A RICS survey has revealed that surveyors expect construction costs to increase by 8% as a result of the current material shortages, which follows a similar flurry of headlines reporting inflation increases and waiting times of 66% as the demand for materials continues to surge.
So how is the shortage of construction materials impacting the property market and should we be worried about the implications?
Paul Aylott, Head of Valuation and Business Space Lease Advisory, comments: “Increasing construction costs can have two possible outcomes: one is driving down the value of a site, and the second is reducing the profit margin achievable from a scheme.
“In appraising sites for development lenders, we are taking a considered approach to valuation appraisals to reflect the risks associated with the rising cost of materials and possible interruptions in the construction timetable. This may show a differential in the purchase price of land acquired over the past few years at a time when these factors had not come to the fore and were therefore not factored into the site acquisition appraisal. Alternatively, if land supply is scarce and demand is strong, the site value may be preserved but the profit margin achievable might be squeezed. In a period of rising house and commercial property values, the squeeze may be less severely felt but if values begin to plateau, this could become an issue.”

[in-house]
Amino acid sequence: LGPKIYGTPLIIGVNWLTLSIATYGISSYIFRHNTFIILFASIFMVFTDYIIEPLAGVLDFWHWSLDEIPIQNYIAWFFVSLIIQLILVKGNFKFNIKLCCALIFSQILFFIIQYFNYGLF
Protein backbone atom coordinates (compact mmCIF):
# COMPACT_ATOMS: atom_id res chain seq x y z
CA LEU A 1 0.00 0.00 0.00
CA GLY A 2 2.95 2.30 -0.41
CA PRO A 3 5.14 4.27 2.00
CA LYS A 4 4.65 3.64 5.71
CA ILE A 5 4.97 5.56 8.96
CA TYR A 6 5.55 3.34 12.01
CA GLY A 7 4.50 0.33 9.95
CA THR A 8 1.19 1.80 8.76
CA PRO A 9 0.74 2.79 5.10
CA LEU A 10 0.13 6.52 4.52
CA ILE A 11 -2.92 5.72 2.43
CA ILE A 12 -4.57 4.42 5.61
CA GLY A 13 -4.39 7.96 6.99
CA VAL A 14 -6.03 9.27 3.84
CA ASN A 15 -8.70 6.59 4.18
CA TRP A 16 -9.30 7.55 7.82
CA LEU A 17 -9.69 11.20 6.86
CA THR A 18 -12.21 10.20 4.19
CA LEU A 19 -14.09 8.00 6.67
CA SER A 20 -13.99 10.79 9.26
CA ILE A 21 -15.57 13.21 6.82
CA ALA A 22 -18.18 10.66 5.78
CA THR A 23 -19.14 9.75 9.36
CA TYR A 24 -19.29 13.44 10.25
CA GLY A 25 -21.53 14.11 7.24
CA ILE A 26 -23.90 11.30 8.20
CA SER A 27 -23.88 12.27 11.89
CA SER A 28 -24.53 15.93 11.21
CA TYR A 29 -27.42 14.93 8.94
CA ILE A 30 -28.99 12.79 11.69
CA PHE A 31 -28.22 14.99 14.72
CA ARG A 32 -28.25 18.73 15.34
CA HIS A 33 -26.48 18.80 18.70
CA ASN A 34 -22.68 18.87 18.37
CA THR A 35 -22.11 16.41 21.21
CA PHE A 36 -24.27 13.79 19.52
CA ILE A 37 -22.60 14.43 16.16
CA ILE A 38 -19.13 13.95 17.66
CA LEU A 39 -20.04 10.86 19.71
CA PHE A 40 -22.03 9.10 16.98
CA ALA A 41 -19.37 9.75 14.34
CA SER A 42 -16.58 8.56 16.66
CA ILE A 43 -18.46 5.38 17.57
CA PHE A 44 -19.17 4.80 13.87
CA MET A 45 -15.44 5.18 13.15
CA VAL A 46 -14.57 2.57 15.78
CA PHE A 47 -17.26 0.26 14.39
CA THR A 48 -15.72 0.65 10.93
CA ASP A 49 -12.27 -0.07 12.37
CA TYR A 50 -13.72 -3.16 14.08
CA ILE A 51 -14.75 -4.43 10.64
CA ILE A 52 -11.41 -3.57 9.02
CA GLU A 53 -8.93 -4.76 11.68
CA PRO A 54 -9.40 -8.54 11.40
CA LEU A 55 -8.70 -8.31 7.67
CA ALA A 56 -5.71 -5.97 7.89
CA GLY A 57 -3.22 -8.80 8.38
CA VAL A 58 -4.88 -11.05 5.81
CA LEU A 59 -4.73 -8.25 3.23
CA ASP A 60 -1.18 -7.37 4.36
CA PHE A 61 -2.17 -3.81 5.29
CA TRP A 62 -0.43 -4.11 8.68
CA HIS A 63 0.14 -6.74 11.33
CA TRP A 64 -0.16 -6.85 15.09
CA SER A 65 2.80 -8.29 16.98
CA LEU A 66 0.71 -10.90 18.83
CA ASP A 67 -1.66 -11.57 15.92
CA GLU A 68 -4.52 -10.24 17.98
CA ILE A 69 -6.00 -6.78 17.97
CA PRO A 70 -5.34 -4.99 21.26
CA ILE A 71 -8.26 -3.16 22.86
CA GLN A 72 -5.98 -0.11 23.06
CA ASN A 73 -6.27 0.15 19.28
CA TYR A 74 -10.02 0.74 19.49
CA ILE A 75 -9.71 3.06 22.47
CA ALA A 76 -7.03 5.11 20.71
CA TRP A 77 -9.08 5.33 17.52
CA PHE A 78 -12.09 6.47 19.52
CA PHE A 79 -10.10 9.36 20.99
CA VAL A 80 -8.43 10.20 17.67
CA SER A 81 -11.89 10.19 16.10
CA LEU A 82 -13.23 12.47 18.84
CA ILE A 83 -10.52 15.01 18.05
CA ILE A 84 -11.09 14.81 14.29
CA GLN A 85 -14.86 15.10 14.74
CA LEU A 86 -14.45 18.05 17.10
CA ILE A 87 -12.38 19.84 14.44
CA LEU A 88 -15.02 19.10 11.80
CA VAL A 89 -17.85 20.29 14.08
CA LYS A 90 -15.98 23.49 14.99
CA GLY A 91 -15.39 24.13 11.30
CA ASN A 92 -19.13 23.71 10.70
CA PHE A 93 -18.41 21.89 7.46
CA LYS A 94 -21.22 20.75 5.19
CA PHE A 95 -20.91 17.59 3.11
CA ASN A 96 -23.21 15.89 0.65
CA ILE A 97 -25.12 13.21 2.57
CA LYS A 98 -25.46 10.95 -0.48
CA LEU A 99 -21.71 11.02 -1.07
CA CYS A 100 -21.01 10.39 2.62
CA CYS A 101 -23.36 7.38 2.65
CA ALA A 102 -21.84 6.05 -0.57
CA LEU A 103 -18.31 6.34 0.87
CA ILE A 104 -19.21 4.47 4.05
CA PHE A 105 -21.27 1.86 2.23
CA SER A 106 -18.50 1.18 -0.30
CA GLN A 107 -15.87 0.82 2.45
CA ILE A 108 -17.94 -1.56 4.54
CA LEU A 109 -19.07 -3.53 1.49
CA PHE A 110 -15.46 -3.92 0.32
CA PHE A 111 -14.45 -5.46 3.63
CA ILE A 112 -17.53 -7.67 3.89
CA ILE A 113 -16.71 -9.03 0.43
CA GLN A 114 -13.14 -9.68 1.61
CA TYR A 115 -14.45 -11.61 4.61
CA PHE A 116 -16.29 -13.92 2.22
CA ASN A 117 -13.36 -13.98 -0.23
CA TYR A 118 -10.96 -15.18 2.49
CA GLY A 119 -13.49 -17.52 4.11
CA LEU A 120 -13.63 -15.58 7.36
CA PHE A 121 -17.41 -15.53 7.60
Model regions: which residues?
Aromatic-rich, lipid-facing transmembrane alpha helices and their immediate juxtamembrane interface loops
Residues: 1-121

Max Jones of Lloyds Bank recently commented that the supply problems are not experienced equally, with larger contractors able to plan and buy in stock in advance, but local and regional developers facing more constrained budgeting that is impacting the delivery of construction materials to site.
How can supply chain issues like these be navigated?
Paul says: “Because we work collaboratively across the business, we’re able to liaise with our in-house building surveying colleagues to obtain real time construction cost information and their opinion based on live cases, as well as the view of our Residential Development Agency regarding supply and demand for sites. This is invaluable in informing our approach to development site valuations and has been hugely beneficial to clients in recent months.”
From a residential point of view, Head of Residential Development Agency, Keith Brelsford agrees with Paul’s comments on the impact on site values. He says “due to limited land supply and strong demand, we are seeing an uplift in value in certain locations. Increased build costs are being counterbalanced by values and developers acquiring development opportunities at reduced margins. This also reflects the competition for sites, especially those that already have planning. For us as agents, it’s just one of a number of issues developers are grappling with when trying to be competitive on bids. Discussions with housebuilders and developers highlight anecdotal evidence of increased build costs, which includes the cost of labour as well as materials.”
While we can’t resolve the materials shortage, we do have the resources and capability to help you navigate it. Contact us to discuss your property needs.